There's another Georgie deep inside

I've been experiencing Jimi Hendrix issues lately with doppelgangers. I haven't seen any, but they're constantly being intimated to me. Why? Maybe I invite the strange intimacy that allows my shadowed Other to glide close to my life. To tell you the truth, I'm growing my very own doppelganger out of handy household materials. An empty can of turpentine, some rags, a pelt (important), spare bicycle parts (except for brakes, because I'm a no-brakes kind of guy). The empty can functions as my head, the rags and pelt as my torso, and various bits of bike as my lower body. Communication will be limited to whatever is printed on the can, so expect lots of talk about proper ventilation and new standards of professionalism in turpentine manufacture. Conversation available in French and English. The use of wheels instead of feet and the lack of brakes will make my doppelganger dangerously fast on downward slopes, so exercise due caution on walks. The rags and pelt will suffice. Sadly my doppelganger has no arms. When you're living under my roof you've got to earn your arms.

Right, that bit was a lie to entertain you for a brief moment while I puzzled out a way to talk about doppelgangers - not actual physical doubles, but the doubling of one's life that occurs with a road job. Papers report with the glee the scandal of the travelling businessman who leads two sealed-off lives, with separate families and houses and even names. People read the stories with a sense of wonder or perhaps envy; how can a man split his identity into various characters and then keep them contained? But the trick is not to create and maintain different identities when you're on the road; the trick is to keep your identity stable. As soon as the plane begins to taxi down the runway I forget the intervening weeks at home. I feel as if my home were another stop, a layover on the way to the next interview. Likewise, as soon as I walk into my apartment I forget that I've been away. My work is so strange and disjointed, so full of abrupt relationships and switches in scenery, that it resembles a powerful dream, so consuming that I forget my life and so vivid that I remember the dream in its entirety when I wake up next to The Lotus in our bed.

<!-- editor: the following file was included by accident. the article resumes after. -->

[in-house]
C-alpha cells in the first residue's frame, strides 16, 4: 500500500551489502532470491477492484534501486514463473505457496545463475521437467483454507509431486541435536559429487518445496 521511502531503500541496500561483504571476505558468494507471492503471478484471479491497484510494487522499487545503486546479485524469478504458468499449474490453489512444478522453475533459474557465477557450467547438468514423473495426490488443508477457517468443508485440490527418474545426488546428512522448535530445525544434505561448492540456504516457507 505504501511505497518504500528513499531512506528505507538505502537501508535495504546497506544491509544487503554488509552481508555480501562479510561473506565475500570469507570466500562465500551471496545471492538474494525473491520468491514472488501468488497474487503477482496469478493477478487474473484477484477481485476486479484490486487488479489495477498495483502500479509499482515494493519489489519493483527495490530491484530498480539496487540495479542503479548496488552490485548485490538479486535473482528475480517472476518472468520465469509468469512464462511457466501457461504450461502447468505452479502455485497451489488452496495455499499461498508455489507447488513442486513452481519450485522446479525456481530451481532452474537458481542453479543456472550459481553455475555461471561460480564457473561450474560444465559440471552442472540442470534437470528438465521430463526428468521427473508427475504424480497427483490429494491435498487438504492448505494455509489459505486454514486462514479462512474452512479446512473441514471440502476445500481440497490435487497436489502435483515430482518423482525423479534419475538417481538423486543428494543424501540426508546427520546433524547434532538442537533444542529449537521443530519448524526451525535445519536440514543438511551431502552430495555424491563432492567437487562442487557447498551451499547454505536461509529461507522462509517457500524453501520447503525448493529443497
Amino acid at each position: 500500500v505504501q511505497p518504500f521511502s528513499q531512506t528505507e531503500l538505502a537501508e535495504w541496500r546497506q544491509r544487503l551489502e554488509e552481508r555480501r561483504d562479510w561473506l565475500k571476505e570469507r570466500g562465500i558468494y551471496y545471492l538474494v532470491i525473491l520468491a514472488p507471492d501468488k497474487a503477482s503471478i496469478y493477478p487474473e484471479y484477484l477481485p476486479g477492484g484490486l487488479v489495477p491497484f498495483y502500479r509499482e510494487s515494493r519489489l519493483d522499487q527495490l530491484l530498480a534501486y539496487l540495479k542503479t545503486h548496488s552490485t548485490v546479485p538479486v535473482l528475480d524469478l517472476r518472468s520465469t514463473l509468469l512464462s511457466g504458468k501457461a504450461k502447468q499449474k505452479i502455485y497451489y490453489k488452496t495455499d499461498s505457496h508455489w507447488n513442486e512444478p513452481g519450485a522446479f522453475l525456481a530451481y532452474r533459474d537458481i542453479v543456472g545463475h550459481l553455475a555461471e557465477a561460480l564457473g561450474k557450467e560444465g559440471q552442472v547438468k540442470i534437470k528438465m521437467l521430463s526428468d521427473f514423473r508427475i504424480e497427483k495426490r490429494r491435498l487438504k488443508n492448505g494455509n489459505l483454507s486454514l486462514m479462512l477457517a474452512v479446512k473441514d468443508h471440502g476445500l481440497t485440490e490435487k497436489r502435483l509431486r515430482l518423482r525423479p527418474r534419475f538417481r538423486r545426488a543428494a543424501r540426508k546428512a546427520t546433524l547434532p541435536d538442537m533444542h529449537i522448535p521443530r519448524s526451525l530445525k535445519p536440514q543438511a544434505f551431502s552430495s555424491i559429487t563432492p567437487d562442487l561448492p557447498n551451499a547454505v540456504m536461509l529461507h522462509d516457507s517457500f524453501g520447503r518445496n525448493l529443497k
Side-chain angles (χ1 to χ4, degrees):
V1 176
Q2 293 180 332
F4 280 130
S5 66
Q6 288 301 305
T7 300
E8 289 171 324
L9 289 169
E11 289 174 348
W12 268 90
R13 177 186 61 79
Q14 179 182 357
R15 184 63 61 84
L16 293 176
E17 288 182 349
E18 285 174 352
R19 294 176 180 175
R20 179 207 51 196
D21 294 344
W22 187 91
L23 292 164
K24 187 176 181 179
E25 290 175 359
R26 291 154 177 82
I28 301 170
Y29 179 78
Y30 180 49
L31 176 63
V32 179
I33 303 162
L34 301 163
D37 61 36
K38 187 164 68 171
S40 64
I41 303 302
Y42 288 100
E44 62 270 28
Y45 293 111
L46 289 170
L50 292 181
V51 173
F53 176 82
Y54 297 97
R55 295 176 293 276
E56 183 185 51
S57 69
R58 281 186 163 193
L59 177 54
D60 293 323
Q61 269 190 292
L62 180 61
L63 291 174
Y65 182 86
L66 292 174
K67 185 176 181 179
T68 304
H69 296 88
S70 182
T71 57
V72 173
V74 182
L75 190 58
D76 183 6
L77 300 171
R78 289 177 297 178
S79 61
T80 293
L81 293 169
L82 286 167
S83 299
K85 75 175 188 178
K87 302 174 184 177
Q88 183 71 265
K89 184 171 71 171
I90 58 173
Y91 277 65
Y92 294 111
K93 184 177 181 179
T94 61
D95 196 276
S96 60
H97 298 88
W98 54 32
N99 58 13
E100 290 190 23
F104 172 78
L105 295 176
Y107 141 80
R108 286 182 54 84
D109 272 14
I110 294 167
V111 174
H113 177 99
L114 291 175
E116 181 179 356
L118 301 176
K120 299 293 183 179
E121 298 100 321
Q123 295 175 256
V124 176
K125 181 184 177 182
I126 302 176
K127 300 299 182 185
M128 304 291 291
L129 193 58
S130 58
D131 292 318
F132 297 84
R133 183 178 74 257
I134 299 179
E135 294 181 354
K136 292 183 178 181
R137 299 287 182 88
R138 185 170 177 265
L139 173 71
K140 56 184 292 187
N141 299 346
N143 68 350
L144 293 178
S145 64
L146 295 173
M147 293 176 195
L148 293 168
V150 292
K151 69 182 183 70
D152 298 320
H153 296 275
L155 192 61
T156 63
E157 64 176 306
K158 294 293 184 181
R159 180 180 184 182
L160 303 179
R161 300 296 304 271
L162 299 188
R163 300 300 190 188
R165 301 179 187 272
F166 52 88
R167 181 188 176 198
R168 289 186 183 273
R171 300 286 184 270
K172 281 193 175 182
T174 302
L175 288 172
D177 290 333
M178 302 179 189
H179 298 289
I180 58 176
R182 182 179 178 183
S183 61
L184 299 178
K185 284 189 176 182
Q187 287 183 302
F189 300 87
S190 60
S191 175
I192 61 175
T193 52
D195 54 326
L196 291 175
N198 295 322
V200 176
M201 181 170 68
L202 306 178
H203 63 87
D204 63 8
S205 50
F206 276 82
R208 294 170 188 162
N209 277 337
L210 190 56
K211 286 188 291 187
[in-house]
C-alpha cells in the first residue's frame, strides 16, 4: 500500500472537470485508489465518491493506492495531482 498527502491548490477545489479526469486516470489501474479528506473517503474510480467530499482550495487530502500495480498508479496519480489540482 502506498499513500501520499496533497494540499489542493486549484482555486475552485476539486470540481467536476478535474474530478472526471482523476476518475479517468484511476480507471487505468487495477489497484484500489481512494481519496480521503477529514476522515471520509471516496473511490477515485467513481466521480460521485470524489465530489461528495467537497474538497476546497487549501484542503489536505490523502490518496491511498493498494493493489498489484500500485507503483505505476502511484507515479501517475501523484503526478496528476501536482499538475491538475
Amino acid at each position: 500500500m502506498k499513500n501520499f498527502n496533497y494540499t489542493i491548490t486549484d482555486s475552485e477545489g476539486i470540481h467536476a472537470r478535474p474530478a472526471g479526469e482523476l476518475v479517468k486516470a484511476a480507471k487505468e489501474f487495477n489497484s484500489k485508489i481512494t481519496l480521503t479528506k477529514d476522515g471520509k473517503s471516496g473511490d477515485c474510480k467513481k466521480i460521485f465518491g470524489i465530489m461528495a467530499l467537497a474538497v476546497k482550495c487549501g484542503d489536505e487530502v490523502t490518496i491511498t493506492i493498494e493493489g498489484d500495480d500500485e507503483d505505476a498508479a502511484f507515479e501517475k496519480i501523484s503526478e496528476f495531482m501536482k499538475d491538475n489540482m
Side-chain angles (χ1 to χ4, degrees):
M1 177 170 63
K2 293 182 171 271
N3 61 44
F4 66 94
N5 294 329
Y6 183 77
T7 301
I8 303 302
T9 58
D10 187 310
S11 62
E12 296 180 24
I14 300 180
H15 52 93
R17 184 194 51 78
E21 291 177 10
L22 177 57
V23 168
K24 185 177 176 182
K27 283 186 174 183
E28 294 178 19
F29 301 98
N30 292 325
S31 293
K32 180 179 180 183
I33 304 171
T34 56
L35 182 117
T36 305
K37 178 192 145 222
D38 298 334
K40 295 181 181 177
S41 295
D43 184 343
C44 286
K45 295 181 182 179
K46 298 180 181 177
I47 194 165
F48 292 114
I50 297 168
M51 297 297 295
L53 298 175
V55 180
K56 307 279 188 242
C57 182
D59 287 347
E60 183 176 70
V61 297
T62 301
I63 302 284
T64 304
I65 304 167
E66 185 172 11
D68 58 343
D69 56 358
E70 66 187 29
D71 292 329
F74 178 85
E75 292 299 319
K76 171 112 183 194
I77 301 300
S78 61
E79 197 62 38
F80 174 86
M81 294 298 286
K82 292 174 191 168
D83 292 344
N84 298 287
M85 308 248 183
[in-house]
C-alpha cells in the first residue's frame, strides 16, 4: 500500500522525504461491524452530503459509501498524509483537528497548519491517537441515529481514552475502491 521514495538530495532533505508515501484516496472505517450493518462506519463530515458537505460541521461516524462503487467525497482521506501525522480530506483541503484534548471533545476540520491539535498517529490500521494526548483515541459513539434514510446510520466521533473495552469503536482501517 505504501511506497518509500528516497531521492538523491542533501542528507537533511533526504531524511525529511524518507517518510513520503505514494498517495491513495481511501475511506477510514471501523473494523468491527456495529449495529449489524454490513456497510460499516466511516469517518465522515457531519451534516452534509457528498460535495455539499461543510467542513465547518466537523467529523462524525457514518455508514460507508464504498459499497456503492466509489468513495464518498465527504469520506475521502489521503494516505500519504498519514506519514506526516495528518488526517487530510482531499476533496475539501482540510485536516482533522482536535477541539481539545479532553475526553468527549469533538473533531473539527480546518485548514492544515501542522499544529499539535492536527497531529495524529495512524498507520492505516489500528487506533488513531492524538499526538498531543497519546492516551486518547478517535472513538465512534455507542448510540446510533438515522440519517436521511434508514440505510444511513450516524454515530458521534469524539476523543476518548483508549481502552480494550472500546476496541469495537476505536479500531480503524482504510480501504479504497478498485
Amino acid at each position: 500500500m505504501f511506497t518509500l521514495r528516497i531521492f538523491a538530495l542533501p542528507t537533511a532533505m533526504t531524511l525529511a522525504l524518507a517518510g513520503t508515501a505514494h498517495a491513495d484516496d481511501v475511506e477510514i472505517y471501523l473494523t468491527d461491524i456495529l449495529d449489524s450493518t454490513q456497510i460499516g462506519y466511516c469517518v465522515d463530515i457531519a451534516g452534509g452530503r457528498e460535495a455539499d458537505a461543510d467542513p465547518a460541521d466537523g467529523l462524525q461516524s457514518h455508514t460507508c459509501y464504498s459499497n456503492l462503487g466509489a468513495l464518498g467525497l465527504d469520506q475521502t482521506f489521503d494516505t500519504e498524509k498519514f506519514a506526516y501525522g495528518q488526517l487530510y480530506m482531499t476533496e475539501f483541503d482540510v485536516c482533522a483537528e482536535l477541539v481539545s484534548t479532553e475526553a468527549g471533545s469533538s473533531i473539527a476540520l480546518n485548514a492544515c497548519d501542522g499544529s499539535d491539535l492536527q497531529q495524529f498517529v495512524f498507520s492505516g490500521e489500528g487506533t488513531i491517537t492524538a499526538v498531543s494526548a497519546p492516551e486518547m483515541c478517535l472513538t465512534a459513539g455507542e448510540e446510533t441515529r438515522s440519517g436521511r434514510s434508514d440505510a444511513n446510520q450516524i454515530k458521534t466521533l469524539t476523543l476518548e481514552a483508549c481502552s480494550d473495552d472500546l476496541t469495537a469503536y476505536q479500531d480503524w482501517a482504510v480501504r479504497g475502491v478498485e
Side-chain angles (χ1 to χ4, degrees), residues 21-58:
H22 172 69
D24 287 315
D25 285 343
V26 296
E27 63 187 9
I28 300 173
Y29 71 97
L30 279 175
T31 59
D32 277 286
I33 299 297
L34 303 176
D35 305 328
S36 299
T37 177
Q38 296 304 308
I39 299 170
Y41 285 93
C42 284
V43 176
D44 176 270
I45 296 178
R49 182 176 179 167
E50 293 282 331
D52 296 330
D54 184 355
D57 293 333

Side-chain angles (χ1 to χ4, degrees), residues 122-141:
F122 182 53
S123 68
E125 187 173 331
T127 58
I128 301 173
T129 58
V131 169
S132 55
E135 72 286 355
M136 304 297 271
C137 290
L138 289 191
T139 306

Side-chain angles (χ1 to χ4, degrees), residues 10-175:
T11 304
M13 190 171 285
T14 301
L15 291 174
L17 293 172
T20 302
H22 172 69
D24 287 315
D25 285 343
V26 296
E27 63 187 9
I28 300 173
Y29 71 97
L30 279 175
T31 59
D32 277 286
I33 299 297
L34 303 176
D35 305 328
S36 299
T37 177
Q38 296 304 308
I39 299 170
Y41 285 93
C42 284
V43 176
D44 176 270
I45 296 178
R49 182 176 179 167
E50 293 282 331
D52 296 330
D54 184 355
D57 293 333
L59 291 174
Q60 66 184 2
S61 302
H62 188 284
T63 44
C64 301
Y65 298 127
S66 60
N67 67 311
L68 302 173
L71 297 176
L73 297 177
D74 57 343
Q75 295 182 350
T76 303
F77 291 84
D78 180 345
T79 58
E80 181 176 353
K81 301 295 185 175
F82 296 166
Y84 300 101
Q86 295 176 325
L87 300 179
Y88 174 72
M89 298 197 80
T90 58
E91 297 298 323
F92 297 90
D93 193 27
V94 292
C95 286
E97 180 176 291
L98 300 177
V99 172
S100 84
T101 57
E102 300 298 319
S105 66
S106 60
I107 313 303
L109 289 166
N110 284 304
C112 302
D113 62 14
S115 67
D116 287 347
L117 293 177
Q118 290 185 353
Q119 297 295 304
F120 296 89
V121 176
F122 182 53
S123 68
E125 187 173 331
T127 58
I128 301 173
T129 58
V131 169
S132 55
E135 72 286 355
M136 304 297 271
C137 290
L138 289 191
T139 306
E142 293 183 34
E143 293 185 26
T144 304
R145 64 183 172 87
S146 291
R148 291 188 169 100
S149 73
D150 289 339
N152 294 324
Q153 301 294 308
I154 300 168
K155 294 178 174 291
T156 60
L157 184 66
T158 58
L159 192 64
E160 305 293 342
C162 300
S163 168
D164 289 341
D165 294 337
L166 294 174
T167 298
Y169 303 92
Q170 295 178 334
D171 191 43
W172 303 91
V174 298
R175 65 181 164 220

Consequently there are two of me: one who phones from overseas, the other who sits in the living room. I can't shake the creepy feeling that I'm going to pick up the phone one day and hear myself on the other end. Or maybe I'll be scanning the heiroglyphs at an airport terminal and I'll spot myself at the Customs booth. If that ever happens, I'll go grab myself and we'll spend the day playing practical jokes on airport security. Those security people, they're all about the laughter.